Employing institution: Noguchi Memorial Institute for Medical Research, University of Ghana
Host institution: University of Cambridge, UK
Project title: Training in experimental study design, bioinformatics and placental transcriptomics to build placental research capacity in Ghana.
Dr Obiri received her PhD in molecular cell biology of infectious diseases from the University of Ghana under the World Bank Africa Centres of Excellence Project. She is currently a Research Fellow with the Department of Immunology, Noguchi Memorial Institute for Medical Research, University of Ghana. Her research is focused on understanding maternal and foetal interaction to improve pregnancy outcomes and lifelong health of women in sub-Saharan Africa.
Abnormal placental development contributes to common pregnancy disorders such as pre-eclampsia. Although causes of these placental abnormalities are poorly understood, they are also extremely understudied, especially in sub-Saharan Africa where maternal mortality due to direct pregnancy causes are high.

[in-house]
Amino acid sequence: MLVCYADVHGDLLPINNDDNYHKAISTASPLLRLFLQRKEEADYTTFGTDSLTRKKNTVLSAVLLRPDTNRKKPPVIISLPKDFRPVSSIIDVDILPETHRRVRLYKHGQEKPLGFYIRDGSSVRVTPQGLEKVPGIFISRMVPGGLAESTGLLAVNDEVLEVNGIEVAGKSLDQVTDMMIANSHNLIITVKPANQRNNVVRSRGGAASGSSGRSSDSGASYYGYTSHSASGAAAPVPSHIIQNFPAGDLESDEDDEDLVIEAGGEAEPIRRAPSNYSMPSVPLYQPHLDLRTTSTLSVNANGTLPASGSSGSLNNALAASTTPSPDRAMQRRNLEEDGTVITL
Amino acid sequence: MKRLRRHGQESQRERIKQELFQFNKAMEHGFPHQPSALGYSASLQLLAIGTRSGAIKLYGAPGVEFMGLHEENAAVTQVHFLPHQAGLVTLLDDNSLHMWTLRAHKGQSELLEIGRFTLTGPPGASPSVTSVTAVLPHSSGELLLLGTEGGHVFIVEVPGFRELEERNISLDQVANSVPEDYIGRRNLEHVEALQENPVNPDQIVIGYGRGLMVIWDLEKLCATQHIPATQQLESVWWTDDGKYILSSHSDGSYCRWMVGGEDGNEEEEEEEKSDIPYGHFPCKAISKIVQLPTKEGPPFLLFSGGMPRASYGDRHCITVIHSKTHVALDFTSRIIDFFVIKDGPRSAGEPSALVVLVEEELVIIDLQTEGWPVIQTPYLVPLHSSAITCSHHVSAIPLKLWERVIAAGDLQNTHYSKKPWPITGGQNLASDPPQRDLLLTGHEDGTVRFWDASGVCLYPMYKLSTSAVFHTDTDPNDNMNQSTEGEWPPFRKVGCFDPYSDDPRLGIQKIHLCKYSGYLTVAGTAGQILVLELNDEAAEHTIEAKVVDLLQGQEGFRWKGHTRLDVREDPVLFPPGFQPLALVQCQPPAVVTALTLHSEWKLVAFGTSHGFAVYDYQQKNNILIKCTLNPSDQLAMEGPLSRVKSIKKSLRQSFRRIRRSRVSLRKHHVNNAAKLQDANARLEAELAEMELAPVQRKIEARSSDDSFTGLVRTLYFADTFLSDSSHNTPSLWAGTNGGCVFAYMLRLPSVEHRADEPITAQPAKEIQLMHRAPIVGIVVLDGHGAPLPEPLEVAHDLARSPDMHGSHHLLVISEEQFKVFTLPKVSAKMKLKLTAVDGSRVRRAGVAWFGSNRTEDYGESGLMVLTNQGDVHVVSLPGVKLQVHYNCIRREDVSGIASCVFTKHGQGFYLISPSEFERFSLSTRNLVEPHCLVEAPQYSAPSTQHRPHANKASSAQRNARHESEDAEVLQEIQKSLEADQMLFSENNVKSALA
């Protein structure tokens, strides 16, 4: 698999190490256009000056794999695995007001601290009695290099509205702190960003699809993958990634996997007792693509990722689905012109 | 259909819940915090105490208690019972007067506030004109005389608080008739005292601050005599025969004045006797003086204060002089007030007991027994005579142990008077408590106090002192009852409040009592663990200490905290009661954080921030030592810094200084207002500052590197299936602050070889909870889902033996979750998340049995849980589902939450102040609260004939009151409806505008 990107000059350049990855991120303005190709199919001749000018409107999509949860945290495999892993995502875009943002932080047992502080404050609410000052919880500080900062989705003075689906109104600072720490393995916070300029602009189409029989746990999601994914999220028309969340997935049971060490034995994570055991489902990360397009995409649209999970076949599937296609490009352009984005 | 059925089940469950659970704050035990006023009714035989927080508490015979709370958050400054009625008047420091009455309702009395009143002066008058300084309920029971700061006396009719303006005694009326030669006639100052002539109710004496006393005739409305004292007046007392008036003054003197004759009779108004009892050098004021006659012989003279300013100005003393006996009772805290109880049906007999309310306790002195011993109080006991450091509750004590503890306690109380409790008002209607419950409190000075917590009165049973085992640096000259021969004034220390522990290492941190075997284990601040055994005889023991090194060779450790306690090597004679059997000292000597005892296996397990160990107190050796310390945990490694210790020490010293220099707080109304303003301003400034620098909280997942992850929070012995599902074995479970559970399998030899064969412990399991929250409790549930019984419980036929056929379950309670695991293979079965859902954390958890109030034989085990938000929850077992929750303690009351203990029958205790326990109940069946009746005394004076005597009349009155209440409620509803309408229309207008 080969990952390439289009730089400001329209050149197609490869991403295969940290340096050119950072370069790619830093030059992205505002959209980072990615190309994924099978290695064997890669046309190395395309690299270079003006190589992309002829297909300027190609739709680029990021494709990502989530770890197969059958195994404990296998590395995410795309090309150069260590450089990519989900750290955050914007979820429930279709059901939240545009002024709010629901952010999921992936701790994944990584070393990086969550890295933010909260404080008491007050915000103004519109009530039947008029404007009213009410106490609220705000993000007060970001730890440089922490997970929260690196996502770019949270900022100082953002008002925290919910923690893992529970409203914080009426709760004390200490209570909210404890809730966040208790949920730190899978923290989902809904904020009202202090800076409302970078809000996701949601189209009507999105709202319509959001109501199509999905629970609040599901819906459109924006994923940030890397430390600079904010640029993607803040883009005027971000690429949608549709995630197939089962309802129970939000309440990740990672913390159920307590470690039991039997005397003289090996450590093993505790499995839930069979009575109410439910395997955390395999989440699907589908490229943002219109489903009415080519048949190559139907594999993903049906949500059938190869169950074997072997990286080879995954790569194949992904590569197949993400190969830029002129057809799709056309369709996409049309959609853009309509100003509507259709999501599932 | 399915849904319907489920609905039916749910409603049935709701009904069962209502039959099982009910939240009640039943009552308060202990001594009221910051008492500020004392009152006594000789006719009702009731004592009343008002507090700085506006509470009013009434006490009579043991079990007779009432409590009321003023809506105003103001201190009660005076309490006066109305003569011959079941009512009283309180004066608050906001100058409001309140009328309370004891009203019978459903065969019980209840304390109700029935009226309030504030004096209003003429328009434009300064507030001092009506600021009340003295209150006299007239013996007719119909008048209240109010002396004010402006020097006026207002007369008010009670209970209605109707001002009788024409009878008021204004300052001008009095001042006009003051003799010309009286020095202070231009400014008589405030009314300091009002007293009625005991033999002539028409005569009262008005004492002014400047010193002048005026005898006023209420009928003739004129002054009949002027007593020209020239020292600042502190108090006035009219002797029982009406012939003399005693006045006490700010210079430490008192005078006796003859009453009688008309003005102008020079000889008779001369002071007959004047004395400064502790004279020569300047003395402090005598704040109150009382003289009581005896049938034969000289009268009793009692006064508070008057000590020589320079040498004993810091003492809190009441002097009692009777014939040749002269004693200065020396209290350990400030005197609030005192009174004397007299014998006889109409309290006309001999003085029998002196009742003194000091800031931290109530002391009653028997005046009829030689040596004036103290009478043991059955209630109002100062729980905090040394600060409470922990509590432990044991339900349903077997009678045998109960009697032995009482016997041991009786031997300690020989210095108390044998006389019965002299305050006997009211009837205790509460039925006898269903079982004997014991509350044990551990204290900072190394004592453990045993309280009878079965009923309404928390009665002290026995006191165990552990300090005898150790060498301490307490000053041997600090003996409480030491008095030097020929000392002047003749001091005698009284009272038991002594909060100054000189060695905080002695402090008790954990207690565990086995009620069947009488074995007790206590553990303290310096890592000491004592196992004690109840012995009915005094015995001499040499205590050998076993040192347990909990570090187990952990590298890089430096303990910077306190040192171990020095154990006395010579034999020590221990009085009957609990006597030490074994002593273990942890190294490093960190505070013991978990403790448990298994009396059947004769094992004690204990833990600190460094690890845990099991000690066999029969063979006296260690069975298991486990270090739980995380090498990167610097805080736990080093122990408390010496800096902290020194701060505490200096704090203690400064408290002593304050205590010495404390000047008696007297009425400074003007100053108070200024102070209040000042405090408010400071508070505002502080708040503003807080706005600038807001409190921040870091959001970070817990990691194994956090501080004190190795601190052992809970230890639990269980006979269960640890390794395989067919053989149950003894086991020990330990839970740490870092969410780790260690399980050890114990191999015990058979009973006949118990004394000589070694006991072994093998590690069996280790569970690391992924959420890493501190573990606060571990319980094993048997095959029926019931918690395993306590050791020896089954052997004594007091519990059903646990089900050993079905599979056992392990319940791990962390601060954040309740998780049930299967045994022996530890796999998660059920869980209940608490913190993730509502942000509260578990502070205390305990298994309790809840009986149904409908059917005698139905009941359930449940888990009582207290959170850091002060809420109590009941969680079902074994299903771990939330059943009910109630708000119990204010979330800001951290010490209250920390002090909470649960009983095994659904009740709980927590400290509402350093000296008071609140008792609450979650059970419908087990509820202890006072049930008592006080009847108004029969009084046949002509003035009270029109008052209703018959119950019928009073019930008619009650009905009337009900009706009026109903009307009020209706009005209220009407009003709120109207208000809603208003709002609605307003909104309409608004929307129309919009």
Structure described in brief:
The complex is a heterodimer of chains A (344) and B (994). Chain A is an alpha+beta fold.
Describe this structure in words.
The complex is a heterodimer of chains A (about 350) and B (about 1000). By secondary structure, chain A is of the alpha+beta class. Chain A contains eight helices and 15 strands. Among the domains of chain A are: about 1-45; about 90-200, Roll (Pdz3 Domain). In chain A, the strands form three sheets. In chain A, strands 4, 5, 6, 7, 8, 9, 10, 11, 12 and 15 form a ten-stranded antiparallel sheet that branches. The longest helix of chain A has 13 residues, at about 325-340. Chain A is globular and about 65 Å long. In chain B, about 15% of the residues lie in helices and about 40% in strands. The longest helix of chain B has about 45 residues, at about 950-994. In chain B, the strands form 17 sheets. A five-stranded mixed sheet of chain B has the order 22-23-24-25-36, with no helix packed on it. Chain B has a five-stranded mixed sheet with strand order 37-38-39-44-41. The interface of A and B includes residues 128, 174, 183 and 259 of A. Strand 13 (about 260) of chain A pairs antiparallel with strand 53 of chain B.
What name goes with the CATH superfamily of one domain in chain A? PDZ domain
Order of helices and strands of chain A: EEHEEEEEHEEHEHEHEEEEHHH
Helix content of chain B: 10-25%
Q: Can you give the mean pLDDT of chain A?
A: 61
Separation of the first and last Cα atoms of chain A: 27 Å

In the case of preeclampsia for instance, the etiology is unknown and delivery of the placenta might be the only cure. Genetic predisposition such as sickle cell disease might also increase the risk of preeclampsia. It is important to understand the underlying causes of these placental abnormalities by using clinical and molecular research approaches. This will help identify novel diagnostic and therapeutic targets to improve the clinical management of conditions like pre-eclampsia in order reduce maternal/neonatal deaths in sub-Saharan Africa.
Dr. Obiri’s fellowship will be at the Centre for Trophoblast Research, a world leading centre for placental research at the University of Cambridge. She will receive support from Dr Andrew Sharkey and Dr Irving Aye and their teams who have vast experience in placental research. Their training will be invaluable to her future career prospects. Dr Obiri will expand on this collaboration to build a placental research capacity with support from her home institution.
“Building placental research capacity is now crucial. It is the key to understanding and solving unique maternal health challenges in my region.”